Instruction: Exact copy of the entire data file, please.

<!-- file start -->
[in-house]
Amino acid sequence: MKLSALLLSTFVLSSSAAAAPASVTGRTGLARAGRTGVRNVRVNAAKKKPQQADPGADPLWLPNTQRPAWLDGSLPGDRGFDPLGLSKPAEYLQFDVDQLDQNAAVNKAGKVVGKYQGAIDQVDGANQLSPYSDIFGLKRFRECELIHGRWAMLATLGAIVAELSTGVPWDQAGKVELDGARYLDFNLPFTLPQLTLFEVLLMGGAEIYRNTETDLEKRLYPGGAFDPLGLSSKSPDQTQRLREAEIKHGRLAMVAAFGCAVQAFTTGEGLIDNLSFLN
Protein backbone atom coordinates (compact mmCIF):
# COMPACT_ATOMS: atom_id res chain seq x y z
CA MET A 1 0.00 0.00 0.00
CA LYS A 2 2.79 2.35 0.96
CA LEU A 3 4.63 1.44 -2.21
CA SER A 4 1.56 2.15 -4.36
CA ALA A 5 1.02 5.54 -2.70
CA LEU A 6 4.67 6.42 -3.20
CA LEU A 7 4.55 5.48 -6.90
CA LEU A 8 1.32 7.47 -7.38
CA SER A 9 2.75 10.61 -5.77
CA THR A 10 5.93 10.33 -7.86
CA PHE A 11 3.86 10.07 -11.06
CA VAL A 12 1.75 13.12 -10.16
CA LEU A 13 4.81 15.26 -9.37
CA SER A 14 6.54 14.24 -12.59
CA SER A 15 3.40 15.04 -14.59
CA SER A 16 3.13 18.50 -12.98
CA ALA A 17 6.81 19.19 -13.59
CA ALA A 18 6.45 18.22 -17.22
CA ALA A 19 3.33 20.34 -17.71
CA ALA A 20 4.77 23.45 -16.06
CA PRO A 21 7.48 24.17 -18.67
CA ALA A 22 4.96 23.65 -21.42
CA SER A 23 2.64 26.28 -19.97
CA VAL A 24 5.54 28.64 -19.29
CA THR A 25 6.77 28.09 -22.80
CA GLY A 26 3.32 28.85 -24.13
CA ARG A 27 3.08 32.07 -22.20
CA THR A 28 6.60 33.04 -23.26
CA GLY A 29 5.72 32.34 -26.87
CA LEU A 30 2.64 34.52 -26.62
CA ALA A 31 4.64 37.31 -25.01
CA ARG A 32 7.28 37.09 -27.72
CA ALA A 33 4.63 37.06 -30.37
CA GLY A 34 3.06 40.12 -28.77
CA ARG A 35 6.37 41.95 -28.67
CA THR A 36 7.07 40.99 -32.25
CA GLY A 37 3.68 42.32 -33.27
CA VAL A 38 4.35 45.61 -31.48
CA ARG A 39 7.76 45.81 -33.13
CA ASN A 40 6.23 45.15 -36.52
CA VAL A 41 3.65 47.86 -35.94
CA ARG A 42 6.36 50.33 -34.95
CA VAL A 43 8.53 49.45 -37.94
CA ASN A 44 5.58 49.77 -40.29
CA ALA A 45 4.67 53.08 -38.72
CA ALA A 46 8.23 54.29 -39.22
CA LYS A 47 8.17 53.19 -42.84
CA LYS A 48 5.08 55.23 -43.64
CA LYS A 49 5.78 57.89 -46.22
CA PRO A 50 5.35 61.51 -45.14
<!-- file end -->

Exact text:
[in-house]
Amino acid sequence: MKLSALLLSTFVLSSSAAAAPASVTGRTGLARAGRTGVRNVRVNAAKKKPQQADPGADPLWLPNTQRPAWLDGSLPGDRGFDPLGLSKPAEYLQFDVDQLDQNAAVNKAGKVVGKYQGAIDQVDGANQLSPYSDIFGLKRFRECELIHGRWAMLATLGAIVAELSTGVPWDQAGKVELDGARYLDFNLPFTLPQLTLFEVLLMGGAEIYRNTETDLEKRLYPGGAFDPLGLSSKSPDQTQRLREAEIKHGRLAMVAAFGCAVQAFTTGEGLIDNLSFLN
Protein backbone atom coordinates (compact mmCIF):
# COMPACT_ATOMS: atom_id res chain seq x y z
CA MET A 1 0.00 0.00 0.00
CA LYS A 2 2.79 2.35 0.96
CA LEU A 3 4.63 1.44 -2.21
CA SER A 4 1.56 2.15 -4.36
CA ALA A 5 1.02 5.54 -2.70
CA LEU A 6 4.67 6.42 -3.20
CA LEU A 7 4.55 5.48 -6.90
CA LEU A 8 1.32 7.47 -7.38
CA SER A 9 2.75 10.61 -5.77
CA THR A 10 5.93 10.33 -7.86
CA PHE A 11 3.86 10.07 -11.06
CA VAL A 12 1.75 13.12 -10.16
CA LEU A 13 4.81 15.26 -9.37
CA SER A 14 6.54 14.24 -12.59
CA SER A 15 3.40 15.04 -14.59
CA SER A 16 3.13 18.50 -12.98
CA ALA A 17 6.81 19.19 -13.59
CA ALA A 18 6.45 18.22 -17.22
CA ALA A 19 3.33 20.34 -17.71
CA ALA A 20 4.77 23.45 -16.06
CA PRO A 21 7.48 24.17 -18.67
CA ALA A 22 4.96 23.65 -21.42
CA SER A 23 2.64 26.28 -19.97
CA VAL A 24 5.54 28.64 -19.29
CA THR A 25 6.77 28.09 -22.80
CA GLY A 26 3.32 28.85 -24.13
CA ARG A 27 3.08 32.07 -22.20
CA THR A 28 6.60 33.04 -23.26
CA GLY A 29 5.72 32.34 -26.87
CA LEU A 30 2.64 34.52 -26.62
CA ALA A 31 4.64 37.31 -25.01
CA ARG A 32 7.28 37.09 -27.72
CA ALA A 33 4.63 37.06 -30.37
CA GLY A 34 3.06 40.12 -28.77
CA ARG A 35 6.37 41.95 -28.67
CA THR A 36 7.07 40.99 -32.25
CA GLY A 37 3.68 42.32 -33.27
CA VAL A 38 4.35 45.61 -31.48
CA ARG A 39 7.76 45.81 -33.13
CA ASN A 40 6.23 45.15 -36.52
CA VAL A 41 3.65 47.86 -35.94
CA ARG A 42 6.36 50.33 -34.95
CA VAL A 43 8.53 49.45 -37.94
CA ASN A 44 5.58 49.77 -40.29
CA ALA A 45 4.67 53.08 -38.72
CA ALA A 46 8.23 54.29 -39.22
CA LYS A 47 8.17 53.19 -42.84
CA LYS A 48 5.08 55.23 -43.64
CA LYS A 49 5.78 57.89 -46.22
CA PRO A 50 5.35 61.51 -45.14